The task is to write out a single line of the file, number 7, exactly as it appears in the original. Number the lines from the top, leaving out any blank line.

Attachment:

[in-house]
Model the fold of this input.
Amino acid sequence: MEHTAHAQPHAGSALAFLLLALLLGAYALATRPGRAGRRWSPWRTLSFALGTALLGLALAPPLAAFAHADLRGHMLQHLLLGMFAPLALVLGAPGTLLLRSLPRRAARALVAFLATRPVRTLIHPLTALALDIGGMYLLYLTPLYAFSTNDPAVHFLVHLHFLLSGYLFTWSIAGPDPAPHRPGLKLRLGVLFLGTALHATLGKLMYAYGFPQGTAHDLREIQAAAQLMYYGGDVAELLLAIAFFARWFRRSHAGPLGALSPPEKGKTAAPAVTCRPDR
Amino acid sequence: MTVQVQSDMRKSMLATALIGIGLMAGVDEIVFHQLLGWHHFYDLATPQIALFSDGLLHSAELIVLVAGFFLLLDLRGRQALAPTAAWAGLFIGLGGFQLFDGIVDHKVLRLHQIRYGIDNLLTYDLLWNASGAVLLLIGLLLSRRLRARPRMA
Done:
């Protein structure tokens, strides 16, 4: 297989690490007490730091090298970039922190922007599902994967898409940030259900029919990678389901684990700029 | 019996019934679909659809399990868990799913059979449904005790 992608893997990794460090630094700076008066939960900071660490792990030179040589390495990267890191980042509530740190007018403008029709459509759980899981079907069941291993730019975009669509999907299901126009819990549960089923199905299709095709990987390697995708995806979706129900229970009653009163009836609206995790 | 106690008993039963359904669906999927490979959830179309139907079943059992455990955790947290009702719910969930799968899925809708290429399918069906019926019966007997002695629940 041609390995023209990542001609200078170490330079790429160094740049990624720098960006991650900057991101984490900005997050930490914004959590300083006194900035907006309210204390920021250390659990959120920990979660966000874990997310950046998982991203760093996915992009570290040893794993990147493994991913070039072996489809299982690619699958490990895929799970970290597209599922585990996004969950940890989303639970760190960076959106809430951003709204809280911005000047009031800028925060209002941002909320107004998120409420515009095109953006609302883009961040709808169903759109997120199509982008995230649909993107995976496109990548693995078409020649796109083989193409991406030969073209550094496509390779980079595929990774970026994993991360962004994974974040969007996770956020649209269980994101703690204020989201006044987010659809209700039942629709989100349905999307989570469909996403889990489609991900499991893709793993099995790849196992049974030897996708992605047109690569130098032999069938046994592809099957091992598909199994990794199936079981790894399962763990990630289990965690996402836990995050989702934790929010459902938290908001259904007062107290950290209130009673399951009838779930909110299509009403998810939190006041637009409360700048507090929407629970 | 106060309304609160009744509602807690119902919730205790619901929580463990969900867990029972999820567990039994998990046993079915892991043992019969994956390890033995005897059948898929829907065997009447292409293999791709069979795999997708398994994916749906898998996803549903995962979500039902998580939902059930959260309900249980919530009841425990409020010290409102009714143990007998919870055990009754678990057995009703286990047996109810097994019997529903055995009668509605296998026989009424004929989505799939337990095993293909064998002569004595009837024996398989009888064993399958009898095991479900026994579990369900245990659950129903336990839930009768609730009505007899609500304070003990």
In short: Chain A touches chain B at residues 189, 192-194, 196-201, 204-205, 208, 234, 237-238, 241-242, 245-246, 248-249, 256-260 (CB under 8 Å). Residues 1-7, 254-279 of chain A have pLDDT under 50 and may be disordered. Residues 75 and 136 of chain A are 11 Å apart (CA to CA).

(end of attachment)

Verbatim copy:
In short: Chain A touches chain B at residues 189, 192-194, 196-201, 204-205, 208, 234, 237-238, 241-242, 245-246, 248-249, 256-260 (CB under 8 Å). Residues 1-7, 254-279 of chain A have pLDDT under 50 and may be disordered. Residues 75 and 136 of chain A are 11 Å apart (CA to CA).